In the first part we included a validation to make sure that all expected fields are being received and if that was ok, we returned a 201 code and a message 'User created'. Now we're going to save the user details in a User model, send it to our database and, only if it's correctly saved, we'll send the response. 

We'll have to import the mongoose module and the model we just created in our routes.js. Then use the new User() constructor and assign to the user's attributes the fields we've received in our request body. Then we'll use the save() method to store it in the database. This methods returns a Promise so if it's resolved, we'll send our response (including the user we've just created), and if it's rejected, we'll send the error details back. Our complete register route would look like this:


/**
 * /api/routes.js
 * exports an express router.
 */ 

..............................

//database
const mongoose = require('mongoose');
//import User
const User = require('./user');

router.post('/register', (req, res, next) => {
  let hasErrors = false ;
  let errors = [];
  
  if(!req.body.name){
  //validate name presence in the request
    errors.push({'name': 'Name not received'})
    hasErrors = true;
  }
  if(!req.body.email){
    //validate email presence in the request
    errors.push({'email': 'Email not received'})
    hasErrors = true;
  }
  if(!req.body.password){
    //validate password presence in the request
    errors.push({'password': 'Password not received'})
    hasErrors = true;
  }

  if(hasErrors){
    //if there is any missing field
    res.status(401).json({
      message: "Invalid input",
      errors: errors
    });

  }else{
  //if all fields are present
    //create the user with the model
    const new_user = new User({
      //assign request fields to the user attributes
      _id : mongoose.Types.ObjectId(),
      name: req.body.name,
      email: req.body.email,
      password: req.body.password
    });
    //save in the database
    new_user.save().then(saved_user => {
    //return 201, message and user details
      res.status(201).json({
        message: 'User registered',
        user: saved_user,
        errors: errors
      });
    }).catch(err => {
    //failed to save in database
      errors.push(new Error({
        db: err.message
      }))
      res.status(500).json(errors);
    })
  }

});

Now the assertions we added to our User registration test will pass.... once. If we run our tests multiple times, we'll try to store the same user each time and, as in our model we defined the email as unique, it'll throw an error if we try to store again. To avoid this happening we can just delete all users from our table before running our test suite. We can just add a before()  block at the beginning of our test.js and use the deleteMany() function of our User model:

  /**
 * test/test.js
 * All endpoint tests for the auth API
 */


...................

//import User model
const User = require('../api/user')


describe('App basic tests', () => {
  
  before( (done) => {
    //delete all users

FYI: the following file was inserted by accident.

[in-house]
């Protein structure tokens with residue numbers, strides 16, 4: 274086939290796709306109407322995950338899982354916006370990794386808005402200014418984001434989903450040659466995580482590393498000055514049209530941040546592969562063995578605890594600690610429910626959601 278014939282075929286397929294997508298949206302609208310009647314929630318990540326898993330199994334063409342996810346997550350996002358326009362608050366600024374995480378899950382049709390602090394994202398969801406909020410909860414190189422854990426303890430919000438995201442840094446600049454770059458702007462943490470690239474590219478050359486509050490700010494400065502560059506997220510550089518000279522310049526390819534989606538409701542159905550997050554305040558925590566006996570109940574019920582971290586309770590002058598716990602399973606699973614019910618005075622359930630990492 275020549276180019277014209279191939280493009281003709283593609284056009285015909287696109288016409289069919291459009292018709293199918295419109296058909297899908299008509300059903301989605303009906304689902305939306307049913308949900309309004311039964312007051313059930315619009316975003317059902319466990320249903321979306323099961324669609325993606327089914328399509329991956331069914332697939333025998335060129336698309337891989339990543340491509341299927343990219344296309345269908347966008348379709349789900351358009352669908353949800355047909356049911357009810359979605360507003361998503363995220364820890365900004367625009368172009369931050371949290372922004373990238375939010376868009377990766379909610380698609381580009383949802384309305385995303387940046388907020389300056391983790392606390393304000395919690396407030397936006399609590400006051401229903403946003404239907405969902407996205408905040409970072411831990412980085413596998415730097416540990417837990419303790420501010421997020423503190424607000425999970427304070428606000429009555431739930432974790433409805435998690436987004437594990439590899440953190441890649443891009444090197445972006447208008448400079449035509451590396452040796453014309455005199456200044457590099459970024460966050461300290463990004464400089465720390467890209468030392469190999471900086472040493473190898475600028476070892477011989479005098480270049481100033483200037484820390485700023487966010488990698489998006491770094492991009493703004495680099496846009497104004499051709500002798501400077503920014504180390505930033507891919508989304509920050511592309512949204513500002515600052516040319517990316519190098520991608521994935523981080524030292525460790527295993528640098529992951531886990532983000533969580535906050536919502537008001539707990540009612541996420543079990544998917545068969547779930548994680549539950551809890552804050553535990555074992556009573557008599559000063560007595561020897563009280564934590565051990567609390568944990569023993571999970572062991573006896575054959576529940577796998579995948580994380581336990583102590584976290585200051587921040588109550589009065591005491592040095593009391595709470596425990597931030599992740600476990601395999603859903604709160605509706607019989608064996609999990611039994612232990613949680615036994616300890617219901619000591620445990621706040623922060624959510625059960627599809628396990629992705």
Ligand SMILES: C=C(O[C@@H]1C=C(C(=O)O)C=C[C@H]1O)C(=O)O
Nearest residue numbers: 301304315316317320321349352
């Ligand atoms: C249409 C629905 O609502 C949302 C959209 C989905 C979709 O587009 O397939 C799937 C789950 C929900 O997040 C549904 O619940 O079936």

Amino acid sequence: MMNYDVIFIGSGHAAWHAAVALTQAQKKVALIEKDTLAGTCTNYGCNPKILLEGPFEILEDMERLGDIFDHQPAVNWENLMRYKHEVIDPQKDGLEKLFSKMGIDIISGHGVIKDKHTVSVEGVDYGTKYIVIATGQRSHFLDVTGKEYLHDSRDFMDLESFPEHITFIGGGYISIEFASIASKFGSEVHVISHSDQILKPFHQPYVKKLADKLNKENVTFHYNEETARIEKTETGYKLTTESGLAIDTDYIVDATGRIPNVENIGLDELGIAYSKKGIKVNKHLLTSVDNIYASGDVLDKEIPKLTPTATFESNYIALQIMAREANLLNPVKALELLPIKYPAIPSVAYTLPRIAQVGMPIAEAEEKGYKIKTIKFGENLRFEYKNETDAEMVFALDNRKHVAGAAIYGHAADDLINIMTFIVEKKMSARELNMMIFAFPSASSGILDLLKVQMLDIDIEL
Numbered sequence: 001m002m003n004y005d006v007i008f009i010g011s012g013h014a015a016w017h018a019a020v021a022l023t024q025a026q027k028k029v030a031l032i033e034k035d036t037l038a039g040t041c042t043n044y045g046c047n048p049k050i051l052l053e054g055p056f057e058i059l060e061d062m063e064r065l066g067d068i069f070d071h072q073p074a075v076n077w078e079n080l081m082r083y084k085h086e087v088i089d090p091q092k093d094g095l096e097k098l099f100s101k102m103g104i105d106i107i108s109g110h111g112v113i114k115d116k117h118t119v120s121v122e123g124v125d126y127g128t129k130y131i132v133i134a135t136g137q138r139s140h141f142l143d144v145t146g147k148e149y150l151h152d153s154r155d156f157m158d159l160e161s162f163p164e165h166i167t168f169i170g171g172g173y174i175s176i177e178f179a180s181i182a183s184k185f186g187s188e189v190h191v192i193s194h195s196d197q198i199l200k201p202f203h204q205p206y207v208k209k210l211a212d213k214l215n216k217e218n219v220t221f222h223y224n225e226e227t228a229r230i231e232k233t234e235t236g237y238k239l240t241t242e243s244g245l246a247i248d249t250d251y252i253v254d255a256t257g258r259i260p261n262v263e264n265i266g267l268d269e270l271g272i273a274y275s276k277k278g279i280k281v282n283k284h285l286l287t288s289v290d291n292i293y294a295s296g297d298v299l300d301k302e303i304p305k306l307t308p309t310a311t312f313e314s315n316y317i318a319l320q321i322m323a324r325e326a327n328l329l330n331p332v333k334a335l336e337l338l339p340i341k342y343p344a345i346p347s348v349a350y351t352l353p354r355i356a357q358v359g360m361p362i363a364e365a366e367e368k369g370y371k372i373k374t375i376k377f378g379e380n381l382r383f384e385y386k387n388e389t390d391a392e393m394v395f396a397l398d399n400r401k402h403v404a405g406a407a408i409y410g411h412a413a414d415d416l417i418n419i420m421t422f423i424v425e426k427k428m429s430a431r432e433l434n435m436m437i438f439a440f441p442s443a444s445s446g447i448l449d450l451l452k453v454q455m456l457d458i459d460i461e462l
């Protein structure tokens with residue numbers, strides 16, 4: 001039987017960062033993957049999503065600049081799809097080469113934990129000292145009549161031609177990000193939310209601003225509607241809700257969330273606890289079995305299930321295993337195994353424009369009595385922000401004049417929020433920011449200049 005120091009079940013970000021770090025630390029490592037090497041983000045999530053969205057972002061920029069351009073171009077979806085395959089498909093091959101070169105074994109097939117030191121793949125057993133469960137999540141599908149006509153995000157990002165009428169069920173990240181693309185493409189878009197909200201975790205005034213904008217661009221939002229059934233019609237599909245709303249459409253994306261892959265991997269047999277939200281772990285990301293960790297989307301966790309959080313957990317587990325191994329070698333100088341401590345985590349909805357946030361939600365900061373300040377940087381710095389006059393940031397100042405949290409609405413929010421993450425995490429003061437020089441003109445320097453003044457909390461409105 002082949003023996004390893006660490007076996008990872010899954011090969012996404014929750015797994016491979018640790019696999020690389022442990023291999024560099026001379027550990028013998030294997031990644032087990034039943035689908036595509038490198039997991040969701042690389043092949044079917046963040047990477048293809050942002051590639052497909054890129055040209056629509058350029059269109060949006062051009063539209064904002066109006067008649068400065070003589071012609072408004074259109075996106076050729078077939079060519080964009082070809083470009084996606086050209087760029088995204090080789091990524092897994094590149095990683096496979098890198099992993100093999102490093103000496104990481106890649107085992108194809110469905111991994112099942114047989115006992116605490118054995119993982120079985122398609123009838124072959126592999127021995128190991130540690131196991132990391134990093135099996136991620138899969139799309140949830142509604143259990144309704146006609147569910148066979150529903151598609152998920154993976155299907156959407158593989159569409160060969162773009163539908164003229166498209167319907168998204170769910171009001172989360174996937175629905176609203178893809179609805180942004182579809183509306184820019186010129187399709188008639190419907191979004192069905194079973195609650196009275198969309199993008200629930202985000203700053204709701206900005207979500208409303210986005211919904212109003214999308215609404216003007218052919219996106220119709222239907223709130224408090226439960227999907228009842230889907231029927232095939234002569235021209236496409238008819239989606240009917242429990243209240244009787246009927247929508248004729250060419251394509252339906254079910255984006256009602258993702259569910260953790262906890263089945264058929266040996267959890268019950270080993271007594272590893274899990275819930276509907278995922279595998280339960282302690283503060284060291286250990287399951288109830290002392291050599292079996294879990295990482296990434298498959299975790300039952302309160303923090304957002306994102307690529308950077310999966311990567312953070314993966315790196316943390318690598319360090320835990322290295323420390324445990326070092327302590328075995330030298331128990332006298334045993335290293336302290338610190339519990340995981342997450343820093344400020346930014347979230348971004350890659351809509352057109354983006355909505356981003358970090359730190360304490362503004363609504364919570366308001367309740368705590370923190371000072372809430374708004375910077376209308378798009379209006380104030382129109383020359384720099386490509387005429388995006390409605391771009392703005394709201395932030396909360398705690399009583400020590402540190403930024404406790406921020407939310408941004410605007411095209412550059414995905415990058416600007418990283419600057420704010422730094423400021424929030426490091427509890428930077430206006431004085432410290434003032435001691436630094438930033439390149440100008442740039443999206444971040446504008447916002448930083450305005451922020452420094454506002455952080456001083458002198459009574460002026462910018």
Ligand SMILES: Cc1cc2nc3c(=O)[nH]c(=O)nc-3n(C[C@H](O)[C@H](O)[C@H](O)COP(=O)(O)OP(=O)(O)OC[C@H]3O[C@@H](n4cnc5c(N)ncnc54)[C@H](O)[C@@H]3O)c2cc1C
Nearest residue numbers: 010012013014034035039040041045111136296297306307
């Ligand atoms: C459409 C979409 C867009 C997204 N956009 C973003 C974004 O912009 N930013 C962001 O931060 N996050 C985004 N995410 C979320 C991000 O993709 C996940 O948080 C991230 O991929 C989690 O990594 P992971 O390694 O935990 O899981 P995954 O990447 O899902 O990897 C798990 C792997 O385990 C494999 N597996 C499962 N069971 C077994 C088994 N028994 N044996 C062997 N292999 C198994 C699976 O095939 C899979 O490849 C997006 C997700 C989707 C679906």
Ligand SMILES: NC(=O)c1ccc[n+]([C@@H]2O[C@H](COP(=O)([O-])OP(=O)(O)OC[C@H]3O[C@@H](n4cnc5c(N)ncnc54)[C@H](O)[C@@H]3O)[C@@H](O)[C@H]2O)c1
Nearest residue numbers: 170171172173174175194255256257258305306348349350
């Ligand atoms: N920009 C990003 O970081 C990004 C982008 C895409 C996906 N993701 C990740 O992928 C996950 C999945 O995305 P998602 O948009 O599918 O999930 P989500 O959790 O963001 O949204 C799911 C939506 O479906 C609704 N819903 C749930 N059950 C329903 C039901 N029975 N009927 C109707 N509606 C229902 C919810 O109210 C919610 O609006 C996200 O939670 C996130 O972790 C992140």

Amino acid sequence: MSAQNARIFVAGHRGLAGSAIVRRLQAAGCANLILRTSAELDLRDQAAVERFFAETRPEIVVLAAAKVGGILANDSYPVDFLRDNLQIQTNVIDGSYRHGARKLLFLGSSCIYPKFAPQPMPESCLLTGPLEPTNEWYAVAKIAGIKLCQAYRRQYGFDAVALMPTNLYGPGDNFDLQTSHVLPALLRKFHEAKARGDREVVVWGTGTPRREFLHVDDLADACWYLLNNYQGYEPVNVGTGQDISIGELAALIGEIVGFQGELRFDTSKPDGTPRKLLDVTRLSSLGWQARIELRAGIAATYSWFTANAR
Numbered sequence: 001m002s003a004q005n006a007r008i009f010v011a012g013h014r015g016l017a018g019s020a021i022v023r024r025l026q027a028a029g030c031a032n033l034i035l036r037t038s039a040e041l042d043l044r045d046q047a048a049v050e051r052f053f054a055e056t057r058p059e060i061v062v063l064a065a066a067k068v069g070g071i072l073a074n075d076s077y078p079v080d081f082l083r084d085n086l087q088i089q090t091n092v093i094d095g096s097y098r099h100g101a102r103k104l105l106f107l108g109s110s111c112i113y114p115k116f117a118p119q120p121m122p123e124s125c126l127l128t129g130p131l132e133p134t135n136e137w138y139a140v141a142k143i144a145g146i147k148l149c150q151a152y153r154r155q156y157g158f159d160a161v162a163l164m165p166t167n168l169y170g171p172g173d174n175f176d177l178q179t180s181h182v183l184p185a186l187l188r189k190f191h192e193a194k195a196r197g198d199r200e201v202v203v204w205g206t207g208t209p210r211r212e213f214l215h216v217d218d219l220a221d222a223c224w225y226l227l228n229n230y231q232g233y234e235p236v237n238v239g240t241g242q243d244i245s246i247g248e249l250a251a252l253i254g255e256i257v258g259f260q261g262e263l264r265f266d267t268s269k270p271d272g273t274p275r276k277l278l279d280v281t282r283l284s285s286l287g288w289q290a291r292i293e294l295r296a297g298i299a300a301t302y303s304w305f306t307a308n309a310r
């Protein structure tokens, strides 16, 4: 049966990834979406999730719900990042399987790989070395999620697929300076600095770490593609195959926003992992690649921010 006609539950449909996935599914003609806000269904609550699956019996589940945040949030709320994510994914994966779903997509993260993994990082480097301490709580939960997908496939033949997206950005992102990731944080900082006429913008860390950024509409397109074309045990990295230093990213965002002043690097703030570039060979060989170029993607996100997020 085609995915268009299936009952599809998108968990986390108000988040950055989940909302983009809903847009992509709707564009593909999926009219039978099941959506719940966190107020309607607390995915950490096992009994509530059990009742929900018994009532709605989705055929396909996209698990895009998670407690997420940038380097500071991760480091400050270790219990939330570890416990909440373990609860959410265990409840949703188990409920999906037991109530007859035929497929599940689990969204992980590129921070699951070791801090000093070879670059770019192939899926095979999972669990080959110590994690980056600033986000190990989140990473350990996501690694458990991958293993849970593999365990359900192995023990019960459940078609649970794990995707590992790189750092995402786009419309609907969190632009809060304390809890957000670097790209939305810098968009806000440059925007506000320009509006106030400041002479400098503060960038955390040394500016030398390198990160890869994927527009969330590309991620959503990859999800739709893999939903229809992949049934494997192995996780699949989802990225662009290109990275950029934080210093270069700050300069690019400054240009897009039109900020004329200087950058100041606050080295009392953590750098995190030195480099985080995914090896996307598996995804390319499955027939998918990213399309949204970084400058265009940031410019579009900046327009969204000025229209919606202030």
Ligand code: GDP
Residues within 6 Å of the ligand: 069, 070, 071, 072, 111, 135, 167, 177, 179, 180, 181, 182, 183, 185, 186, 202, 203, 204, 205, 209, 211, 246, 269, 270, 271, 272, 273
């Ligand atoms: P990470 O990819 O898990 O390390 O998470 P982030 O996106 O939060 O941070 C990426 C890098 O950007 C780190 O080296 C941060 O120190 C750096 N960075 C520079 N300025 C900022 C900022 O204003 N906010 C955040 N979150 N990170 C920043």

User.find().deleteMany().then( res => {
      console.log('Users removed');
      done();
    }).catch(err => {
      console.log(err.message);
    });
  });

  ................

}

Another option is to delete our users after the tests. We can do it at the end in an after() block. In any case, now we can run our tests as many times as we want. 

Encrypting the password

We should always encrypt our user's passwords so in case someone access our database, they will not be able to use the details to login into our system. We can easily encrypt the passwords using the bcrypt module, which we can install with npm install bcrypt. A good test we can do to make sure we're encrypting the password is to check that the password we sent to our back end is not the same to the one we receive. Let's go ahead and add this assertion to our 'User registration' test:

/**
 * test/test.js
 * All endpoint tests for the auth API
 */

....................

it('/register should return 201 and confirmation for valid input', (done) => {
    //mock valid user input
    let user_input = {
      "name": "John Wick",
      "email": "john@wick.com",
      "password": "secret"
    }
    //send /POST request to /register
    chai.request(app).post('/register').send(user_input).then(res => {
      //validate
      expect(res).to.have.status(201);
      expect(res.body.message).to.be.equal('User registered');
      console.log(res.body.user);
      //new validations to confirm user is saved in database
      expect(res.body.user._id).to.exist;
      expect(res.body.user.createdAt).to.exist;
      //validation to confirm password is encrypted
      expect(res.body.user.password).to.not.be.eql(user_input.password);

      //done after all assertions pass
      done();
    }).catch(err => {
      console.log(err);
    });
  })

If we run our test now, it will fail with the message "AssertionError: expected 'secret' to not deeply equal 'secret'". Let's go ahead and fix this in our routes.js file. First we need to import the bcrypt module and then we need to use the hash() function before we store the details of the user in the database. As detailed in the bcrypt documentation, there are a couple different ways to hash our password. I'll use the second one which receives the password we want to hash and the number of salt rounds (I'll use 10). Then it returns the hashed password or an error in a callback function. If there are no errors, we'll just have to assign the hashed password to our User model and save it in our database as we did before. It will look like this: